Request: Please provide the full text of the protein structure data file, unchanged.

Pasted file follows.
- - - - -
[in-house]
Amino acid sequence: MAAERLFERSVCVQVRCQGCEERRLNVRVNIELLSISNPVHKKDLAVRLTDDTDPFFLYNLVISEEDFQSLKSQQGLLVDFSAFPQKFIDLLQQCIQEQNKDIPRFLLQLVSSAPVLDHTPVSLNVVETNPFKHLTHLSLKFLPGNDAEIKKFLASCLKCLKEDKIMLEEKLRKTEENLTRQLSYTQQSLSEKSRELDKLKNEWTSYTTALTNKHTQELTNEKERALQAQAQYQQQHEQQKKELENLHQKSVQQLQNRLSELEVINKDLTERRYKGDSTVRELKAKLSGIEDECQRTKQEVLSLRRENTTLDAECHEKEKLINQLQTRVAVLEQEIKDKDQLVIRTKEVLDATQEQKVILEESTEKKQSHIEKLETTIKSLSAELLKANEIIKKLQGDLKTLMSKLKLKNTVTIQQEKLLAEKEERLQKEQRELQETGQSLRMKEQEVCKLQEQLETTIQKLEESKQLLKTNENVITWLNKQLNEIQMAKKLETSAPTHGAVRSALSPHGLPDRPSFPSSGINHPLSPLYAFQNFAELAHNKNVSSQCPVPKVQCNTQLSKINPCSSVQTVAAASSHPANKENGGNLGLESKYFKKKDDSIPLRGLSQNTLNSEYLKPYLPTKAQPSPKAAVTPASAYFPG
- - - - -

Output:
[in-house]
Amino acid sequence: MAAERLFERSVCVQVRCQGCEERRLNVRVNIELLSISNPVHKKDLAVRLTDDTDPFFLYNLVISEEDFQSLKSQQGLLVDFSAFPQKFIDLLQQCIQEQNKDIPRFLLQLVSSAPVLDHTPVSLNVVETNPFKHLTHLSLKFLPGNDAEIKKFLASCLKCLKEDKIMLEEKLRKTEENLTRQLSYTQQSLSEKSRELDKLKNEWTSYTTALTNKHTQELTNEKERALQAQAQYQQQHEQQKKELENLHQKSVQQLQNRLSELEVINKDLTERRYKGDSTVRELKAKLSGIEDECQRTKQEVLSLRRENTTLDAECHEKEKLINQLQTRVAVLEQEIKDKDQLVIRTKEVLDATQEQKVILEESTEKKQSHIEKLETTIKSLSAELLKANEIIKKLQGDLKTLMSKLKLKNTVTIQQEKLLAEKEERLQKEQRELQETGQSLRMKEQEVCKLQEQLETTIQKLEESKQLLKTNENVITWLNKQLNEIQMAKKLETSAPTHGAVRSALSPHGLPDRPSFPSSGINHPLSPLYAFQNFAELAHNKNVSSQCPVPKVQCNTQLSKINPCSSVQTVAAASSHPANKENGGNLGLESKYFKKKDDSIPLRGLSQNTLNSEYLKPYLPTKAQPSPKAAVTPASAYFPG